Offal eating isn't for everyone, but parts such as the cow's intestine that are frequently disregarded can be used to create lovely meals. Simmered slowly in a simple stew of milk and onions or coated and fried like southern-style chitterlings -- or chitlins -- cow's intestine can be prepared in a variety of appetizing ways.
Things You'll Need
- Paper towels
- Sharp knife
Cow's Intestine and Onions
Rinse the cow's intestine under cold, running water, using your fingers to check for any residual grit. Pat dry with paper towels. Cut the cow's intestine into small, 1-inch pieces with a sharp knife.
Add chopped onions to about a quart of milk to a pot. Bring the pot to a boil, then reduce to a simmer. Watch carefully so that the milk doesn't boil over. Simmer for 20 minutes.
Bring the pot to a gentle boil, then add the cow's intestine. Add seasonings such as salt and pepper. Reduce the heat and simmer, cooking for an additional 2 to 2 1/2 hours, or until the intestines are tender.
Melt a stick of butter plus a few additional pats in another pan over medium heat. Slowly add a cup to a cup and a half of flour to the butter, whisking fervently to combine, until it smells like biscuits. Add a ladle or two of the stock to the flour and butter mixture and whisk together until smooth.
Add the sauce to the pot and simmer for an additional 15 minutes, or until the contents of the pot thicken. Add additional seasonings if you would like, to taste, and serve hot with a side of mashed potatoes.
Rinse the cow's intestine under cold, running water, using your fingers to check for any residual grit. Pat dry with paper towels.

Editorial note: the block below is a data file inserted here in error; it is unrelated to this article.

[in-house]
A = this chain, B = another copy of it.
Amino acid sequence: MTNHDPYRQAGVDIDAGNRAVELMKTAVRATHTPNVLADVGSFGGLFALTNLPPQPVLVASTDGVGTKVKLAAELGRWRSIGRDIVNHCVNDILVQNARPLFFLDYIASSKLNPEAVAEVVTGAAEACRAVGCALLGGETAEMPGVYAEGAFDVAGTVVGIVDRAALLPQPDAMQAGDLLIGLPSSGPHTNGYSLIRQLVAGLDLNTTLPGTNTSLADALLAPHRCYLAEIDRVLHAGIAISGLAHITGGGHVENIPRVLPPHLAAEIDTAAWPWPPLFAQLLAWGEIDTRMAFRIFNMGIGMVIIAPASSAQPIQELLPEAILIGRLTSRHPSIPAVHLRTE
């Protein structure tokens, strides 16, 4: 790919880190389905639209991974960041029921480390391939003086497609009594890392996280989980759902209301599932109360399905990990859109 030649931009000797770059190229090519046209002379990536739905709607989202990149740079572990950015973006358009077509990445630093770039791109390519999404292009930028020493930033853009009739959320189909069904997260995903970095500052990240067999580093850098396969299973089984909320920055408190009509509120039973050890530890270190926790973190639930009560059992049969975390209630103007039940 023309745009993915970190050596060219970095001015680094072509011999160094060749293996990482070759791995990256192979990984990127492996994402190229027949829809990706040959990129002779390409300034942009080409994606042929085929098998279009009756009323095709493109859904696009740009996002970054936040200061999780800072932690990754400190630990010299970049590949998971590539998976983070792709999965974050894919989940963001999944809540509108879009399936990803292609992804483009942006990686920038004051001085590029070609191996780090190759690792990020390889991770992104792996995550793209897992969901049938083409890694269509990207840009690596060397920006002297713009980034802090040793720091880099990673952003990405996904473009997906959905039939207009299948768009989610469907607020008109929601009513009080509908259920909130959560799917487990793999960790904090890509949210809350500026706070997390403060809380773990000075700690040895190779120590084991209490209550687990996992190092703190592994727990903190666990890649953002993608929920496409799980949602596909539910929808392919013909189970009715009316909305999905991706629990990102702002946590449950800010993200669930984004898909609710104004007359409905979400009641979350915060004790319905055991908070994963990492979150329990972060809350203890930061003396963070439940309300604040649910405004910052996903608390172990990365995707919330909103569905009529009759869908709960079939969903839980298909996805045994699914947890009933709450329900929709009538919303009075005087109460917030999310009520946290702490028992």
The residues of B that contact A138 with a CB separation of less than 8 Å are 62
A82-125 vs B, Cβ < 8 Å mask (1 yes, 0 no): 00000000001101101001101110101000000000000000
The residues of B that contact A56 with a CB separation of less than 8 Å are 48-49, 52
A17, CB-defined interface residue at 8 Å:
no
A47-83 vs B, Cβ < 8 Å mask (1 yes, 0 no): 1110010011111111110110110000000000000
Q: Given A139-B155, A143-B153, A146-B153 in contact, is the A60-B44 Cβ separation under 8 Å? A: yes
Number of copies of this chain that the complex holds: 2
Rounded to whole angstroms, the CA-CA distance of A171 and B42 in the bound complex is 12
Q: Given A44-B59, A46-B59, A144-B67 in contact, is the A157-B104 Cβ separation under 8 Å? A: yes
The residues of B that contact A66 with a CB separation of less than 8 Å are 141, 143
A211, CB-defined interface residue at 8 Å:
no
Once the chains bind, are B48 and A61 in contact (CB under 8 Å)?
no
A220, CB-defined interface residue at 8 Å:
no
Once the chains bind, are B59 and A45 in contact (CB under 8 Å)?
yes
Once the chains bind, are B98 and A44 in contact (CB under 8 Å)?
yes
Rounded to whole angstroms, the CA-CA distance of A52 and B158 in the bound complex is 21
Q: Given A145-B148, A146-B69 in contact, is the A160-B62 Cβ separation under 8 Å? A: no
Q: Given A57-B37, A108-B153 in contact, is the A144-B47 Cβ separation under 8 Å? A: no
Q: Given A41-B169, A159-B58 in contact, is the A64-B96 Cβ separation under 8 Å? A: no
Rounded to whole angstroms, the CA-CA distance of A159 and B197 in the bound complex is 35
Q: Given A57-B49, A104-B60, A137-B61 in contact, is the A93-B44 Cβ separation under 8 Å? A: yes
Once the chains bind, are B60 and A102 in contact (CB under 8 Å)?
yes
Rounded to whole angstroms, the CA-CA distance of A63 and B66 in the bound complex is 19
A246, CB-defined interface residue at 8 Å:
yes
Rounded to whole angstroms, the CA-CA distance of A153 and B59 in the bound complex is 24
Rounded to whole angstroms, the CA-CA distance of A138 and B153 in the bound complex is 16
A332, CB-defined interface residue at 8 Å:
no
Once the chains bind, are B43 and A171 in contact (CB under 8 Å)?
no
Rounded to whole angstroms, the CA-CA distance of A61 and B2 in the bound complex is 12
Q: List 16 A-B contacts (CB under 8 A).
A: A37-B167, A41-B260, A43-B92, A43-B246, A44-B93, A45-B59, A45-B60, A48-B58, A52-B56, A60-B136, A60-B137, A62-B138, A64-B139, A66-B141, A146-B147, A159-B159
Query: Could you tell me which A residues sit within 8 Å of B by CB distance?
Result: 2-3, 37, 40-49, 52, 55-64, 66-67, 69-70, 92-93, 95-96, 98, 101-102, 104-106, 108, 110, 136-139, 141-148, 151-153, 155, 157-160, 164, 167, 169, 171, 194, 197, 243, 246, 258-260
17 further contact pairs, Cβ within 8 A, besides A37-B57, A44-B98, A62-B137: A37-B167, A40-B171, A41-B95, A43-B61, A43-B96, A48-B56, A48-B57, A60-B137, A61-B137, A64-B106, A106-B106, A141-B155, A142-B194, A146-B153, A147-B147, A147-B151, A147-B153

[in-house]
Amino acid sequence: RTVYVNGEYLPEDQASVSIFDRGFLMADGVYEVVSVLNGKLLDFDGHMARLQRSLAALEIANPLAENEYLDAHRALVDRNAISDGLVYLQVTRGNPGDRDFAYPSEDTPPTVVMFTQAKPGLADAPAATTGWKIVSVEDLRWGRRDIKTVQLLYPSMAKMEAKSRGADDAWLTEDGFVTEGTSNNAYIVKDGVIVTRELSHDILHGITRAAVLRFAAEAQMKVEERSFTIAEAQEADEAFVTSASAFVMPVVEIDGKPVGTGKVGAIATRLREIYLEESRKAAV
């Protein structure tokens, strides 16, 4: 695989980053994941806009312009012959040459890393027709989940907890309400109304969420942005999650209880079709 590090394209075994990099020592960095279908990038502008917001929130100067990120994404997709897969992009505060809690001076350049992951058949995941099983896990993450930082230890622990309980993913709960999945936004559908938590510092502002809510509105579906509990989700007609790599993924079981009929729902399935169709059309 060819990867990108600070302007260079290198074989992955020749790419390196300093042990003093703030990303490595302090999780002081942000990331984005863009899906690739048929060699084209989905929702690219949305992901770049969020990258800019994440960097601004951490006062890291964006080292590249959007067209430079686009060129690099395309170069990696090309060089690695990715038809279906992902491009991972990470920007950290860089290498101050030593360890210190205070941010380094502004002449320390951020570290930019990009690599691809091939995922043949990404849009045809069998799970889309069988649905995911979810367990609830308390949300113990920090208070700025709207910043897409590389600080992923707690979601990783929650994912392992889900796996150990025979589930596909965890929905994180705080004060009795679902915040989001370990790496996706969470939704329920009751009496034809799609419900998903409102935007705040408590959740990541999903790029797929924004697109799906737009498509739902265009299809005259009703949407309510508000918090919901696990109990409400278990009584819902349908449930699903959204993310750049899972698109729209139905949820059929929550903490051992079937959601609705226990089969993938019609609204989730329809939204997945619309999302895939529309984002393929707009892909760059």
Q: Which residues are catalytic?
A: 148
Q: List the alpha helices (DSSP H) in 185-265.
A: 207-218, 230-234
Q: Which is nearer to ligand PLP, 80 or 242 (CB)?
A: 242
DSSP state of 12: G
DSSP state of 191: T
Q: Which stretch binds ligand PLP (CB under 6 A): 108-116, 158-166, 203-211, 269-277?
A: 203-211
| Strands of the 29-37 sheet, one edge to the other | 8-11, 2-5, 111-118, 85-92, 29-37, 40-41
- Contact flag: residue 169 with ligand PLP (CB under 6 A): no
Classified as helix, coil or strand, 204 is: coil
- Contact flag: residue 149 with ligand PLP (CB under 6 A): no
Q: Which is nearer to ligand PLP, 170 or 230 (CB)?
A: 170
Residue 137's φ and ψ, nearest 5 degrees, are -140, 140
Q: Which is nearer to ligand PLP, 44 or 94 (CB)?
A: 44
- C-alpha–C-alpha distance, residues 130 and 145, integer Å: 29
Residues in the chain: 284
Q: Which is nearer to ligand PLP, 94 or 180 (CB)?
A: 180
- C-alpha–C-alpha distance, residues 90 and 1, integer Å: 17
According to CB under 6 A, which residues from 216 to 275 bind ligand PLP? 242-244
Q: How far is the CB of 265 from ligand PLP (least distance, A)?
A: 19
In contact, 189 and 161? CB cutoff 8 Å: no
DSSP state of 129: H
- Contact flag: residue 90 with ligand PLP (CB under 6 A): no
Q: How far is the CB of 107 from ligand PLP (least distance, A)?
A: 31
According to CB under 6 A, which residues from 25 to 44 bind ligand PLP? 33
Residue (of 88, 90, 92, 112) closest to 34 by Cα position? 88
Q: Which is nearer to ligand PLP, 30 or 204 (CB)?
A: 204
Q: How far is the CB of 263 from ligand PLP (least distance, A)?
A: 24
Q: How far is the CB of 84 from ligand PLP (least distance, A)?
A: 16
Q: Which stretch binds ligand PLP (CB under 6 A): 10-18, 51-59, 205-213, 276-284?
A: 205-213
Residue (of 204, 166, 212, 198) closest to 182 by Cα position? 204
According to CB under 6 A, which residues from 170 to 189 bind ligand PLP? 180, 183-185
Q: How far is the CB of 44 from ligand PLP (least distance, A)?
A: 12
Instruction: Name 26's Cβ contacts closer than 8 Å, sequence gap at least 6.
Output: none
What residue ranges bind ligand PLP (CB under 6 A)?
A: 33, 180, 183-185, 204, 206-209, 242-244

Bring a pot of water to a simmer and add the whole intestine. Add desired seasonings to the pot such as chopped onions, minced garlic, salt and pepper, bay leaves or crushed red pepper flakes. Simmer for around 2 to 2 1/2 hours, or until the intestine is tender.
Remove the pot from heat and rinse under cold running water. Once cooled, cut the intestine into bite-size pieces. Prepare a simple egg wash by beating an egg with a splash of water. Spread a generous amount of flour in a shallow dish and season with salt and pepper, to taste.
Bring enough oil to completely submerge the chitterlings to a temperature of 375 degrees Fahrenheit. Dip a piece of intestine into the beaten egg mixture, then dredge in the seasoned flour, coating completely. Carefully fry the chitterlings in hot oil until golden brown and crispy, approximately 1 minute.
Remove the chitterlings from the oil and let drain on paper towels. Serve immediately with vinegar and hot sauce.
Tips & Warnings
- Intestines should be special ordered from a butcher as cleaning them is an intensive process best left to professionals.
- Store fresh intestines in the refrigerator for up to 2 days in a tightly sealed container.
- The Illustrated Cook's Book of Ingredients; DK Publishing
- The Whole Beast: Nose to Tail Eating; Fergus Henderson
- BBC Food: Deep fried Chitlins
- The Joy of Cooking; Irma S. Rombauer, Marion Rombauer Becker and Ethan Becker
- Photo Credit Michael Blann/Photodisc/Getty Images